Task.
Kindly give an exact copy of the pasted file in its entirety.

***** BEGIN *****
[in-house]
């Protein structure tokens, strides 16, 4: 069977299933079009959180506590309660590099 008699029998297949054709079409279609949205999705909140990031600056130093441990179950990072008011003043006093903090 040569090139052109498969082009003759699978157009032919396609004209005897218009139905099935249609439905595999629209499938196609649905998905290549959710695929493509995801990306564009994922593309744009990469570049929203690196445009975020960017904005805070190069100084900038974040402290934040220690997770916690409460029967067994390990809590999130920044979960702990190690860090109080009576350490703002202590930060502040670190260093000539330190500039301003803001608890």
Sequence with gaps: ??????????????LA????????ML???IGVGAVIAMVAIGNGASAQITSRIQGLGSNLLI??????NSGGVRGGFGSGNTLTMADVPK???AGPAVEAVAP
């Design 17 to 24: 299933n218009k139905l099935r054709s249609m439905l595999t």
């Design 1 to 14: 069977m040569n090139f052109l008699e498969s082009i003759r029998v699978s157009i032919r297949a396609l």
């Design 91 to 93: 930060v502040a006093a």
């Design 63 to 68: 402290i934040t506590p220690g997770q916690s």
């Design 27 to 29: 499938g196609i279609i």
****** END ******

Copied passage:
[in-house]
């Protein structure tokens, strides 16, 4: 069977299933079009959180506590309660590099 008699029998297949054709079409279609949205999705909140990031600056130093441990179950990072008011003043006093903090 040569090139052109498969082009003759699978157009032919396609004209005897218009139905099935249609439905595999629209499938196609649905998905290549959710695929493509995801990306564009994922593309744009990469570049929203690196445009975020960017904005805070190069100084900038974040402290934040220690997770916690409460029967067994390990809590999130920044979960702990190690860090109080009576350490703002202590930060502040670190260093000539330190500039301003803001608890």
Sequence with gaps: ??????????????LA????????ML???IGVGAVIAMVAIGNGASAQITSRIQGLGSNLLI??????NSGGVRGGFGSGNTLTMADVPK???AGPAVEAVAP
């Design 17 to 24: 299933n218009k139905l099935r054709s249609m439905l595999t």
């Design 1 to 14: 069977m040569n090139f052109l008699e498969s082009i003759r029998v699978s157009i032919r297949a396609l």
């Design 91 to 93: 930060v502040a006093a």
């Design 63 to 68: 402290i934040t506590p220690g997770q916690s």
């Design 27 to 29: 499938g196609i279609i």